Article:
Olympic women's skeleton gold medalist Lizzy Yarnold is considering skipping this season's world championships in Russia, citing doping concerns.
In interviews with the BBC and other British news agencies Monday, Yarnold said she's also calling upon the International Bobsled and Skeleton Federation - the sport's governing body - to consider holding the competition elsewhere.
''I just want the IBSF to be strong enough to make a decision that defends the true values of clean sport,'' Yarnold told the BBC.
Yarnold won gold at the Sochi Games on the same track where worlds are scheduled to be held this winter. Many athletes from those games - including Latvian men's skeleton silver medalist Martins Dukurs and U.S. women's skeleton veteran Katie Uhlaender, who was fourth and finished behind a Russian slider - have expressed similar concerns since Russia's state-sponsored doping program was exposed earlier this year.
''I think athletes have been pretty vocal about possibly competing against athletes who were cheating,'' USA Bobsled and Skeleton CEO Darrin Steele told The Associated Press on Monday. ''It's not surprising. I don't think one athlete going public is a surprise. I think there's been some pretty strong statements made, not necessarily with a call to action but from athletes in general who have pretty strong feelings about this - as they should.''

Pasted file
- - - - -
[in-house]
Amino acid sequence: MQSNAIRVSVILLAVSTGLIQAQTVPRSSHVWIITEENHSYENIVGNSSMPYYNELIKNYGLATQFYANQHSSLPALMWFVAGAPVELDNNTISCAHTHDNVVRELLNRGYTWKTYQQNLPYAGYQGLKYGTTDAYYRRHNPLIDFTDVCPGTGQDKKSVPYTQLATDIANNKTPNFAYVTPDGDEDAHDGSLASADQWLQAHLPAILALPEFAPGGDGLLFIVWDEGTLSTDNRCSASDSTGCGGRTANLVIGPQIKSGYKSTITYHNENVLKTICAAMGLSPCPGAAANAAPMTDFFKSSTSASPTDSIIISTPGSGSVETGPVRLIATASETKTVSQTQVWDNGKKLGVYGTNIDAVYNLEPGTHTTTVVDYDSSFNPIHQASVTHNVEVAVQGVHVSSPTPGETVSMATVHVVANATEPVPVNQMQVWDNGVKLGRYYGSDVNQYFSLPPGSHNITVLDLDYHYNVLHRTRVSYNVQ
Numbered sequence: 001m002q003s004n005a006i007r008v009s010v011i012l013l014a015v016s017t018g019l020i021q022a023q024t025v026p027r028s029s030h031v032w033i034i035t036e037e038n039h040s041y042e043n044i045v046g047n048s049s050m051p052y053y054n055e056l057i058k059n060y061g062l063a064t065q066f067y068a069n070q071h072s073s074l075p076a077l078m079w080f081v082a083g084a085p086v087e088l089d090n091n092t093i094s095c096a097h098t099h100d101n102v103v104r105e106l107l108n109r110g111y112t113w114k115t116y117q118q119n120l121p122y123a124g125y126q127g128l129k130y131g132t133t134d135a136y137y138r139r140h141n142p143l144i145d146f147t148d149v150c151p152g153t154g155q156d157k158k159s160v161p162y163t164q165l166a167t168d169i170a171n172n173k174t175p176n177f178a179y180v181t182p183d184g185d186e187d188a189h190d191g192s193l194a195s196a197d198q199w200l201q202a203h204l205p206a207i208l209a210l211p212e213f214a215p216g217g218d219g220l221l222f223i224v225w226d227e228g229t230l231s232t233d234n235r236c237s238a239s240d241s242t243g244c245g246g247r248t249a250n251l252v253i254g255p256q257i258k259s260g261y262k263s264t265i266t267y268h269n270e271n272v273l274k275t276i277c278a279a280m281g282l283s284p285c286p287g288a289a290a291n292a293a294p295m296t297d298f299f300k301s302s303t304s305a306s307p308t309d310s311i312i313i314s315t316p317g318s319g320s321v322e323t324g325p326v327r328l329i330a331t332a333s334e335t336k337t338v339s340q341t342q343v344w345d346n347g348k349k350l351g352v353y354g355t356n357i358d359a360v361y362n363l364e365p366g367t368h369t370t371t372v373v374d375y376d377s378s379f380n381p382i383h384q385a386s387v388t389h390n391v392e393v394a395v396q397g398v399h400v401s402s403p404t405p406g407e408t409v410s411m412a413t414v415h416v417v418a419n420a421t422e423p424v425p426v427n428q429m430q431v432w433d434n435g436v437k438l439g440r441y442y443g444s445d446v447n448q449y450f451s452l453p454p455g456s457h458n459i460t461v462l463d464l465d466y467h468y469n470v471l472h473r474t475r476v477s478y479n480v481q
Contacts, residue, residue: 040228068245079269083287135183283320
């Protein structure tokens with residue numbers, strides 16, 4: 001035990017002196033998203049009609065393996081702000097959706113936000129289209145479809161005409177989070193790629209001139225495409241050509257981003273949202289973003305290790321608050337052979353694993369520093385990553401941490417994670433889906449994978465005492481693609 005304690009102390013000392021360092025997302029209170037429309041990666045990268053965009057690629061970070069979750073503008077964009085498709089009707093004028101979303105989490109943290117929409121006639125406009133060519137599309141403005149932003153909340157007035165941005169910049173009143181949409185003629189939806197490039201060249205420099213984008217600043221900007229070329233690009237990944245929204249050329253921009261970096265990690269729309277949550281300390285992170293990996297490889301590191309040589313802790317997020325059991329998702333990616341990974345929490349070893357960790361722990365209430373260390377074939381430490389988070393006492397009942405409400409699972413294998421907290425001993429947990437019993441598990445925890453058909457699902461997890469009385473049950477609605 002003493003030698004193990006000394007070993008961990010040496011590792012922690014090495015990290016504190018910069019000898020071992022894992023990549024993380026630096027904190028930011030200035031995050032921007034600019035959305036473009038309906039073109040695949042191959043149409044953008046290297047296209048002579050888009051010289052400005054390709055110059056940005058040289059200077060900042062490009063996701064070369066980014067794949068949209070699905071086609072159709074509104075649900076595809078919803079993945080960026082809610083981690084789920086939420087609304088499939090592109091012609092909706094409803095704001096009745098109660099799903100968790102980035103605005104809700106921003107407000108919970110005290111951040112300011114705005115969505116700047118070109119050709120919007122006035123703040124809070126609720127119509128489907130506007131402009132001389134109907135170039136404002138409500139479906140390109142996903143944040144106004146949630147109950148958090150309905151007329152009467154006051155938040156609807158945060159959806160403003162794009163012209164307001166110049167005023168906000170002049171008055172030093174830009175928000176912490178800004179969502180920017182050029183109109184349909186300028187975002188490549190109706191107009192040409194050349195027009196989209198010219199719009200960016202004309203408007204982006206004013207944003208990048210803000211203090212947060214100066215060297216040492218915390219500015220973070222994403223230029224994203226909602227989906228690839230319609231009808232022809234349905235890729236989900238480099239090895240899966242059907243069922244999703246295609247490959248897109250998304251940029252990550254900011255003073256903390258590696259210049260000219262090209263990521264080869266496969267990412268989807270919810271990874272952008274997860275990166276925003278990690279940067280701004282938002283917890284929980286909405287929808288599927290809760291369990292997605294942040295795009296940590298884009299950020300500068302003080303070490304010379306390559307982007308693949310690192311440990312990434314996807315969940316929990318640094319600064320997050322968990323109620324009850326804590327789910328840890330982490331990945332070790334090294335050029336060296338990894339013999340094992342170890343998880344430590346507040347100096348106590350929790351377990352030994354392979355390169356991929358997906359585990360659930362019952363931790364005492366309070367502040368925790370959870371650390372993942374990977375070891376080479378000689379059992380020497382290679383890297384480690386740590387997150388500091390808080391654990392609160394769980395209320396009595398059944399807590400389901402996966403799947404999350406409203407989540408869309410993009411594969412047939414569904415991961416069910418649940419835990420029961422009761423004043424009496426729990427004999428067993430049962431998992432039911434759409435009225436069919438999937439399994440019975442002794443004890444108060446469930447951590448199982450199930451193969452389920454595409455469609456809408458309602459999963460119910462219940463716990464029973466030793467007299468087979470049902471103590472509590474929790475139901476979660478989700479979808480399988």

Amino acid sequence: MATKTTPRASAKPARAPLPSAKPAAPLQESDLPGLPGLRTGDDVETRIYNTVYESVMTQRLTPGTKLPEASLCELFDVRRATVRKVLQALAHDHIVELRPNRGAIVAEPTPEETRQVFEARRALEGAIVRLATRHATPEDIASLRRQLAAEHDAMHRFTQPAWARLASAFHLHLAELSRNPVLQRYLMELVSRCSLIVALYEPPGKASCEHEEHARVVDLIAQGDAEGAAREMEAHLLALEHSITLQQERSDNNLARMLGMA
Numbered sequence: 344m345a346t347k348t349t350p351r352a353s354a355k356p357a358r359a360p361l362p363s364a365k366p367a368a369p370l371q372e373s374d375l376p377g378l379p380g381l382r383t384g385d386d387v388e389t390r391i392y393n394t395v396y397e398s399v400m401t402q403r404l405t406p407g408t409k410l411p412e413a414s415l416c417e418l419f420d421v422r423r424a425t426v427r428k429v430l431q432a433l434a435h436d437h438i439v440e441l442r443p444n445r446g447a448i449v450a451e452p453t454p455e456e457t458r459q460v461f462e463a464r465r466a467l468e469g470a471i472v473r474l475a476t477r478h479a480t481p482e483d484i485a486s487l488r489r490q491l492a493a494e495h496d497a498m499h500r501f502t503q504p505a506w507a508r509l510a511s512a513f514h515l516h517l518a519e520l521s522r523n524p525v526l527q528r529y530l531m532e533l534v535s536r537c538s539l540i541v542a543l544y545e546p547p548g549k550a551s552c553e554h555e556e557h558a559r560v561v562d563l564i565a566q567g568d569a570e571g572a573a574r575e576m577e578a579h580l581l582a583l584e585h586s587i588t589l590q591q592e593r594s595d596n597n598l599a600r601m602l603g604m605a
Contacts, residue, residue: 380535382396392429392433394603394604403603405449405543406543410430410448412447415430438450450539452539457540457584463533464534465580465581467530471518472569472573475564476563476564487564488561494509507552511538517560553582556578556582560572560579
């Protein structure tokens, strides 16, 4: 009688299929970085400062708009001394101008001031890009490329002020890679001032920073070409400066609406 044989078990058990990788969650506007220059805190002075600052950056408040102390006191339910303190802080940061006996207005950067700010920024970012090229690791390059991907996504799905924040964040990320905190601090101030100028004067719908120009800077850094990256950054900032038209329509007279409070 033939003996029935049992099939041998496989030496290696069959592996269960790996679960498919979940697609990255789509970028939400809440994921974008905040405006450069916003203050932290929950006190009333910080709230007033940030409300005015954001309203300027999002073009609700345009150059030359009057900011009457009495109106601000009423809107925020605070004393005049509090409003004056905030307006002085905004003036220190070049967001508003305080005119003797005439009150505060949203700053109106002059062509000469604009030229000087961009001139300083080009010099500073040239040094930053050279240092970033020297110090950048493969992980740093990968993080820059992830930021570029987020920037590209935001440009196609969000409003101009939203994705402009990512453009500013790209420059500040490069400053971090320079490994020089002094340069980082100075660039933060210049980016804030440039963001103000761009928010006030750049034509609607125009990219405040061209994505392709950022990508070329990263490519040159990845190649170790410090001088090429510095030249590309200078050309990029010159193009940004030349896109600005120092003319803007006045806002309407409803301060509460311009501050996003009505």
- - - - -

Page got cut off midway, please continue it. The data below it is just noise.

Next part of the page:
Yarnold said she does not want to expose herself to racing against cheaters, and in a place where she will wonder ''what is going to happen to my doping samples.''
''I'm not sure whether I want to compete in Sochi or can compete in Sochi if I don't know if it's a clean playing field,'' Yarnold said.
But time concerns might make it impossible to move the world championships, even if athletes want to see it happen.
The second report from the investigation led by Canadian law professor Richard McLaren into Russia's doping program is not expected until early December - a little more than two months before worlds are set to begin.
McLaren was appointed by the World Anti-Doping Agency to investigate corruption claims, and his first report in July detailed a plot to swap out Russian athletes' doping-tainted urine samples from 2011 through 2015.
''The world of sport is going through a huge upheaval and massive doping issues,'' Yarnold said. ''All international sport is. And skeleton is by no means clean. That's the problem at the moment - we don't necessarily know who is doping and how to catch them.''